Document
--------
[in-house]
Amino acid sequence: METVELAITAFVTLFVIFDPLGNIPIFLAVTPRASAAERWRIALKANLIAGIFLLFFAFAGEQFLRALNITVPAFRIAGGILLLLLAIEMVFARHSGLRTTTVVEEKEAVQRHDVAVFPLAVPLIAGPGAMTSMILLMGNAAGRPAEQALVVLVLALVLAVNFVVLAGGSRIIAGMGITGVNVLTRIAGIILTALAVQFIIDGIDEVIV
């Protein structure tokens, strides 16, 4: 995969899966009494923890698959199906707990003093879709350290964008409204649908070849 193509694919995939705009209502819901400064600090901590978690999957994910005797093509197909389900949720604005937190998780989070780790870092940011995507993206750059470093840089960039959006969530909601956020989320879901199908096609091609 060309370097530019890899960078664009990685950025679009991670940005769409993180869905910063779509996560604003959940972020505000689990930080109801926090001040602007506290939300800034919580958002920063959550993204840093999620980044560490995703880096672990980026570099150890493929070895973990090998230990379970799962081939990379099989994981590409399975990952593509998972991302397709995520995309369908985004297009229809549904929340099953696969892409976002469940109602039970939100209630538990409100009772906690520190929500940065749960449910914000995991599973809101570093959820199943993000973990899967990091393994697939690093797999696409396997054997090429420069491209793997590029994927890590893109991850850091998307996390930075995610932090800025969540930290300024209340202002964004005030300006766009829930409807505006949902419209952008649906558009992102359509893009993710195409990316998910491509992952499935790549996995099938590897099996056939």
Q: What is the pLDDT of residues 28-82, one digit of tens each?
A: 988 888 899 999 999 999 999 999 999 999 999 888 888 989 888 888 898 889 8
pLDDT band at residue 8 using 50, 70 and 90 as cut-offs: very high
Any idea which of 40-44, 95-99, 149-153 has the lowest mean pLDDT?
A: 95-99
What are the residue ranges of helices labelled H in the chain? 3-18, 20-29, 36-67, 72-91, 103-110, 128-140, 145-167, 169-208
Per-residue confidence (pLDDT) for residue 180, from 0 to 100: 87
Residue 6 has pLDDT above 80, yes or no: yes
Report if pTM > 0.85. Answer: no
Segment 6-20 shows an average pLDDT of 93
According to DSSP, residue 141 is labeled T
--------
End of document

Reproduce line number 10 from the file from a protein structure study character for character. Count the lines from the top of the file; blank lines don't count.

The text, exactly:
Per-residue confidence (pLDDT) for residue 180, from 0 to 100: 87